Oops, Apple did it again: the new MacBook Air is throttling performance

MacBook Air (M2, 2022) in Apple Park, Cupertino
(Image credit: Future)

If you were struggling to decide between the newly released M2-powered MacBook Air and MacBook Pro models then some information has come to light that could push fence-sitters over the edge, after the new MacBook Air is revealed to throttle its own performance by up to 25% under prolonged workloads.

These results come from The Verge's review of the new MacBook Air, in which a 30-minute loop in the multi-core test was run to more accurately portray how the device would cope with prolonged and demanding tasks, rather than using a benchmarking application such as Cinebench R23. These benchmarks are useful, but given their short duration, they can't accurately reflect real-world performance.

The fanless design is the likely culprit, with the machine forced to throttle its own performance in order to reduce the risk of overheating, and it's worth noting that the M2-powered MacBook Pro 13-inch didn't encounter the same performance issues during the same tests as it sports a single cooling fan to help reduce temperatures under load.

Another thing to consider if you're on the fence is that the M2 MacBook Air has slower SSD speeds, likely to try and keep manufacturing costs low but combined with the performance loss this should drive home that while they contain the same chip, the Air and Pro are different for a reason. If you need to run applications for a longer duration, such as editing and rendering video footage, you'd be better buying the MacBook Pro 13-inch (M2, 2022) or even the larger 14-inch or 16-inch M1 Pro and M1 Max models.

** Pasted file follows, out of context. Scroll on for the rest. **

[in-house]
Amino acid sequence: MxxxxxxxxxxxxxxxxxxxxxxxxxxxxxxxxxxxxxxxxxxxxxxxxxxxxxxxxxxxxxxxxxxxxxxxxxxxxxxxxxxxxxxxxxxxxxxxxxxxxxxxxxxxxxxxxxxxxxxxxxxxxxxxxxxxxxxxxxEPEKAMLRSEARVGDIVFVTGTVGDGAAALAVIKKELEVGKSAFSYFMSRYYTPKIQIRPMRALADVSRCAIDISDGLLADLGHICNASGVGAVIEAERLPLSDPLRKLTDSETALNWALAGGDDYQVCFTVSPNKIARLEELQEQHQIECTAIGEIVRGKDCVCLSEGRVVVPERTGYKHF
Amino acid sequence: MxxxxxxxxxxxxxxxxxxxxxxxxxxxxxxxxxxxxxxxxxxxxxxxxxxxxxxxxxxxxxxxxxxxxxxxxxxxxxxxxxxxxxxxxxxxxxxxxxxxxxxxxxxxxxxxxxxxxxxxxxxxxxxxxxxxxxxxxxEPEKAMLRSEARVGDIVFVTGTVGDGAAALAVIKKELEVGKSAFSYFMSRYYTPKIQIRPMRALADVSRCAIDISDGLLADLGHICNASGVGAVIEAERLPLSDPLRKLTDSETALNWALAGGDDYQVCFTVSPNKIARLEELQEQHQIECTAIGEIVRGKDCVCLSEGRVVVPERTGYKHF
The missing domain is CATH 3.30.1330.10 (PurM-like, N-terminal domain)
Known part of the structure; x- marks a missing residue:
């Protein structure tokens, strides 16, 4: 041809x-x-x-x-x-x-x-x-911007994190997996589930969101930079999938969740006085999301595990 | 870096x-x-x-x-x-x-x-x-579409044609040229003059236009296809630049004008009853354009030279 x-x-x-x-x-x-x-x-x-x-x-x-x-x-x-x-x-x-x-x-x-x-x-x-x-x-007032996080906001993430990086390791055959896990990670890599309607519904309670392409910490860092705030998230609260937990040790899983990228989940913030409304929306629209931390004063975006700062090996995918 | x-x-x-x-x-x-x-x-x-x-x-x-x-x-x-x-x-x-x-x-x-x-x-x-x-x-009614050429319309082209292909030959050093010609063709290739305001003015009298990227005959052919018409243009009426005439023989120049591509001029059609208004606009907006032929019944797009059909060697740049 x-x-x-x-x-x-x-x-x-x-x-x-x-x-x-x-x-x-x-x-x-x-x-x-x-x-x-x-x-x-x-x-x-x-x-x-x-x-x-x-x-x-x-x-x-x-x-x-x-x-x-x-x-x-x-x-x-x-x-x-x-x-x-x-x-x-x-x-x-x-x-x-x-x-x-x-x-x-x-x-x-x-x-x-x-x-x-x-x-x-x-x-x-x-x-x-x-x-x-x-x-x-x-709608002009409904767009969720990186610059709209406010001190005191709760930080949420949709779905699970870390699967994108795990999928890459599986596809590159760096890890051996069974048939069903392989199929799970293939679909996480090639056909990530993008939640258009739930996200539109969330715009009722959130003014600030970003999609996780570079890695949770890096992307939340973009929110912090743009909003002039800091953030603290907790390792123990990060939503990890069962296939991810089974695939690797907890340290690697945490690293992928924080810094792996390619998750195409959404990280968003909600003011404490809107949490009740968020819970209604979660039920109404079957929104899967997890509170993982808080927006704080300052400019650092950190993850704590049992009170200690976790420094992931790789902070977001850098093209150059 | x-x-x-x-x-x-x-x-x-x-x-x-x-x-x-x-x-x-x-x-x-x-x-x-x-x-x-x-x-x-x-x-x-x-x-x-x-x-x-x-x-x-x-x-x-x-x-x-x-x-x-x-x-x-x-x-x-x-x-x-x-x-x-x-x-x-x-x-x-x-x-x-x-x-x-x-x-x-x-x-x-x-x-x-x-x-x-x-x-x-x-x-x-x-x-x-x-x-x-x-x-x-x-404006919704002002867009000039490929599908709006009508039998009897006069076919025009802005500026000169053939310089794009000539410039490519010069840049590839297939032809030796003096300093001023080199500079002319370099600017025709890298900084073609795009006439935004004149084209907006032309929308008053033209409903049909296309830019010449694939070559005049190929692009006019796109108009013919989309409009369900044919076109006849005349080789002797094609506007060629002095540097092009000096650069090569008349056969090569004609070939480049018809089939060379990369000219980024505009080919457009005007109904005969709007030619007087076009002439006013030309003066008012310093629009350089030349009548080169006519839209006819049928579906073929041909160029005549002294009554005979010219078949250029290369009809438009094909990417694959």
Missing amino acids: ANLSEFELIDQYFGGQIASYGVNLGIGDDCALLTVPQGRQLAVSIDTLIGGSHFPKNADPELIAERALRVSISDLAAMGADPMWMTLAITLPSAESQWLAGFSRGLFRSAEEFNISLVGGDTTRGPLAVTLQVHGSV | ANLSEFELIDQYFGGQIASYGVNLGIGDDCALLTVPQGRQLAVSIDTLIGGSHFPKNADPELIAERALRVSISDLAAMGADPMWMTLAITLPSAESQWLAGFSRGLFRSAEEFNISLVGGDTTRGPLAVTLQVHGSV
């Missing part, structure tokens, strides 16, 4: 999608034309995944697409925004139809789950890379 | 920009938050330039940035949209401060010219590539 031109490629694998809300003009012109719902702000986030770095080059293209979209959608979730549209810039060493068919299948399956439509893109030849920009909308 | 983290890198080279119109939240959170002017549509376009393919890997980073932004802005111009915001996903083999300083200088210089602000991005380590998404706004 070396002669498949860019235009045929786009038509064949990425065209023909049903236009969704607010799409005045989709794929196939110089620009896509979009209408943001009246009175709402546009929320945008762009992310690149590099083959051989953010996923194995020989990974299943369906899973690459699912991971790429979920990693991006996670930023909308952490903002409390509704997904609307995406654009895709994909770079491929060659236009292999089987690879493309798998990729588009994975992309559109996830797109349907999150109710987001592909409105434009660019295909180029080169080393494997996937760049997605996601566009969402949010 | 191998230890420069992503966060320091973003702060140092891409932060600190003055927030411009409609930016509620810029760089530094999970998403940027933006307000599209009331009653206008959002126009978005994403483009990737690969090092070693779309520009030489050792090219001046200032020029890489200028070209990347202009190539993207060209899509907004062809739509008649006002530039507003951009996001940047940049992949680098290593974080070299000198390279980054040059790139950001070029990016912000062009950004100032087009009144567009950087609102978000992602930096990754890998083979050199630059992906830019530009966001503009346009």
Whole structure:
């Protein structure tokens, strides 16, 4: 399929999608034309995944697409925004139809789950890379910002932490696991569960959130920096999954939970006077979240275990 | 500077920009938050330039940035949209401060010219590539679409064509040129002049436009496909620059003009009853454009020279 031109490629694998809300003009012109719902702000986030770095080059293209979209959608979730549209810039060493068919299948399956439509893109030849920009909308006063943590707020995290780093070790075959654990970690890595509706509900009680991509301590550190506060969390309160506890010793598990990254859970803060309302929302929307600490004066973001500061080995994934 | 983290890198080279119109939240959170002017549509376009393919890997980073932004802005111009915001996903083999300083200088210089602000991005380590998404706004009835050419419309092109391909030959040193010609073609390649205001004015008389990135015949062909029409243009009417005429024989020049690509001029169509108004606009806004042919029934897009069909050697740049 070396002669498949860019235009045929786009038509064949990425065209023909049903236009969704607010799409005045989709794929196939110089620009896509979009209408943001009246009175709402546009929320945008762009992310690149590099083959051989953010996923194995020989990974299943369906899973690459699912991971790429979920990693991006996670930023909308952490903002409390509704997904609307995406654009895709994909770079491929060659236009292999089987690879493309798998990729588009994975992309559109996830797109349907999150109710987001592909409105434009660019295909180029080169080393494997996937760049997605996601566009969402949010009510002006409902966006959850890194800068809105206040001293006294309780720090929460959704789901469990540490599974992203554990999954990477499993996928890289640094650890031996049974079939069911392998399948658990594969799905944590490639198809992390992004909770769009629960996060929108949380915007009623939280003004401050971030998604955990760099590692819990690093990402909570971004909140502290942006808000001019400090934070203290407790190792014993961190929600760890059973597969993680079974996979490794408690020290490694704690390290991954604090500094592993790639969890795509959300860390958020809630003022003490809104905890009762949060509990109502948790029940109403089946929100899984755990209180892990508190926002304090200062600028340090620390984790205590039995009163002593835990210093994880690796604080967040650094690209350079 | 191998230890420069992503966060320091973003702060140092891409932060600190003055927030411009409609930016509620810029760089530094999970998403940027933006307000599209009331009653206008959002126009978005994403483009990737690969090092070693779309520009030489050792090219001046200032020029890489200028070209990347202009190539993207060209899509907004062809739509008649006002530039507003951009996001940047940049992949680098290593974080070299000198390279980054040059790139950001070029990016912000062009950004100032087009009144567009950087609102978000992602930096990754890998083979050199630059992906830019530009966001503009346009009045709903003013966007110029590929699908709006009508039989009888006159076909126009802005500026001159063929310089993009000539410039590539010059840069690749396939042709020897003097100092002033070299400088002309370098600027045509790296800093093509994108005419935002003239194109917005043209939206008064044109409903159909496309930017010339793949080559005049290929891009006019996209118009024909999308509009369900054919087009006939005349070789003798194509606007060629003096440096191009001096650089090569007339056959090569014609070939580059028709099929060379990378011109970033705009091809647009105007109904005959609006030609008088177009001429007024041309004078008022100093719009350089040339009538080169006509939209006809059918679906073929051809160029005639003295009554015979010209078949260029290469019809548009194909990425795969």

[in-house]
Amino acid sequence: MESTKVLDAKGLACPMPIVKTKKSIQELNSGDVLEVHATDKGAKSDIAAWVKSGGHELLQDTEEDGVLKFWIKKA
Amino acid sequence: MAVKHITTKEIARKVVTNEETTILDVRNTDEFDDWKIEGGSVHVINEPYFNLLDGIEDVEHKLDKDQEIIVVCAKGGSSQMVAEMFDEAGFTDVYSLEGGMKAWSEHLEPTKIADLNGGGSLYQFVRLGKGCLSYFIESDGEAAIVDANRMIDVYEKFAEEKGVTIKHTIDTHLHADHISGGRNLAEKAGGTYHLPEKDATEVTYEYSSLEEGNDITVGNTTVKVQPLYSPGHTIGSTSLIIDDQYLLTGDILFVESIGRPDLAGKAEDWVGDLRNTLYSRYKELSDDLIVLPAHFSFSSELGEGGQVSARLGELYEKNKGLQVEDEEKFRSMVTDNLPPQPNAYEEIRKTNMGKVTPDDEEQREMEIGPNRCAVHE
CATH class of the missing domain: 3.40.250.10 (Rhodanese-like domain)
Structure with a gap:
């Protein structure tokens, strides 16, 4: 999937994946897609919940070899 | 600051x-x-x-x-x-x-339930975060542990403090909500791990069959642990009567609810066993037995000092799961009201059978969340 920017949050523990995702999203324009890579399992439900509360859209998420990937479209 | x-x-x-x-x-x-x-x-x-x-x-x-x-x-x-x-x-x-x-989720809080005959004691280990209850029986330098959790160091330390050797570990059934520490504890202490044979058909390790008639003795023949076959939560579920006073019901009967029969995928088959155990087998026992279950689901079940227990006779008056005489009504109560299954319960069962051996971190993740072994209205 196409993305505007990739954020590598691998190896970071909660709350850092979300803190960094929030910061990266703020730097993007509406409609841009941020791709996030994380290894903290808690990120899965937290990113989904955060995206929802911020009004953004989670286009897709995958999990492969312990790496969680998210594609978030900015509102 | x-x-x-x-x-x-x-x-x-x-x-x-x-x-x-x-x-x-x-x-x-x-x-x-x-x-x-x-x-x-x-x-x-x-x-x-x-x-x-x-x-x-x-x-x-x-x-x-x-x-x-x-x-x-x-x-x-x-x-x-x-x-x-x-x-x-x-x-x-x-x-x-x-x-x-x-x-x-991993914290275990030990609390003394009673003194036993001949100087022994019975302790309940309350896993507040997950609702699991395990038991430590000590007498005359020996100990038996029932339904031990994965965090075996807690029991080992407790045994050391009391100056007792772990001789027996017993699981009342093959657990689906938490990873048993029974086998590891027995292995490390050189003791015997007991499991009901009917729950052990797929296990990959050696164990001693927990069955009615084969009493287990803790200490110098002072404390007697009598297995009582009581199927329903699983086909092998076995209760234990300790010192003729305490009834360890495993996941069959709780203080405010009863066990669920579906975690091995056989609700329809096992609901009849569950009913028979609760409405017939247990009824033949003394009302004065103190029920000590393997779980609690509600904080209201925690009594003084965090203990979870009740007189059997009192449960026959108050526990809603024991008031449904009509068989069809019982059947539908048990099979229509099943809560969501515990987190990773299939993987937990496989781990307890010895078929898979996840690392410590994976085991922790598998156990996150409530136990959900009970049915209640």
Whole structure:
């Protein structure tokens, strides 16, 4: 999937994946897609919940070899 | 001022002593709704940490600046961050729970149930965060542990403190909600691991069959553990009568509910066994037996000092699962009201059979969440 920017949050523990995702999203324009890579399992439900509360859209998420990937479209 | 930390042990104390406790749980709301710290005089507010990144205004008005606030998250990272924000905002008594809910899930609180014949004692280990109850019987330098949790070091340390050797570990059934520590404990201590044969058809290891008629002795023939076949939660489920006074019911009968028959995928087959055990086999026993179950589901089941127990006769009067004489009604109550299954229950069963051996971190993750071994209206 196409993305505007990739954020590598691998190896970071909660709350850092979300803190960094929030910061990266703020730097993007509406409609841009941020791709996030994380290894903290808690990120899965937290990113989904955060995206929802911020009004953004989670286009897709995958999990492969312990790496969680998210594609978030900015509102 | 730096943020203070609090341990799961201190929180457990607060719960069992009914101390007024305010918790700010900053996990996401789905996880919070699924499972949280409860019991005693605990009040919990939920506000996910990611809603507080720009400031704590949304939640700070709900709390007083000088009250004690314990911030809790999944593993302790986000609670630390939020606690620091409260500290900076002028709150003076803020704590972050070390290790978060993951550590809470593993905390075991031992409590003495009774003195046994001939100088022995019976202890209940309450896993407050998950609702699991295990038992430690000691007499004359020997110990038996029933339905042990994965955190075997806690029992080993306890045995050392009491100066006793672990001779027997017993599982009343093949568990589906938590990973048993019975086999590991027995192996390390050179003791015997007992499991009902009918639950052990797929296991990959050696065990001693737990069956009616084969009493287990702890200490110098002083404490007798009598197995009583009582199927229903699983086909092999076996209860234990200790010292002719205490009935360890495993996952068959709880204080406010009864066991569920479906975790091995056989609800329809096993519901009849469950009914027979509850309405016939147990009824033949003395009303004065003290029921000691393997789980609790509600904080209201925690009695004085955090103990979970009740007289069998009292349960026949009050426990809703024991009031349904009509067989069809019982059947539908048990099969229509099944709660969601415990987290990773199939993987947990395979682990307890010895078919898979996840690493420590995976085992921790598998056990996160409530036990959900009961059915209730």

Analysis: Don't overlook the M1 MacBook Pro

This news will probably upset a few Apple fans as the MacBook Air was definitely the most hyped model of the two M2 launches, but don't let a very specific area of its performance dissuade you from buying one - providing it's actually the right fit for your needs.

If you're looking for an affordable entry-level Macbook then you'd actually be better off sourcing the older MacBook Air (M1, 2020) version, especially if you can wait until the Black Friday sales

It's previously dipped as low as $799 from its original MSRP of $999 / £999 / AU$1,599, and given the new M2 MacBook Air starts at $1,199 / £1,249 / AU$1,899, it's still a solid buy for the price.

If you do need more power, go for the older MacBook Pro models as previously mentioned, or hang on until they get their own inevitable M2 Pro and M2 Max refresh. 

In a sense, the new MacBook Air should only hold appeal for those who want a redesigned look, need a little bit more power than the original M1 Air, or if you're the type of person who likes the have the very latest model of a gadget.

It feels as though Apple has already fallen victim to its own generational releases in this situation. When the M1 launch was so good, it's hard to follow up that success in such a short period of time, especially for a company that's fairly new to processor development. 

The M2 simply won't offer enough of a boost to performance for most people to justify its larger MSRP, and given the proposed longevity of the laptop, it's unlikely that current M1-device users actually need to upgrade for some time.

Don't forget that there are other devices on the market that could suit you as well, and many of the best laptops on the market are not Macbooks, though there's very little that offers the same performance and features as the older M1-powered MacBook Air for the same price.

Via WCCFTech

Jess Weatherbed

Jess is a former TechRadar Computing writer, where she covered all aspects of Mac and PC hardware, including PC gaming and peripherals. She has been interviewed as an industry expert for the BBC, and while her educational background was in prosthetics and model-making, her true love is in tech and she has built numerous desktop computers over the last 10 years for gaming and content creation. Jess is now a journalist at The Verge.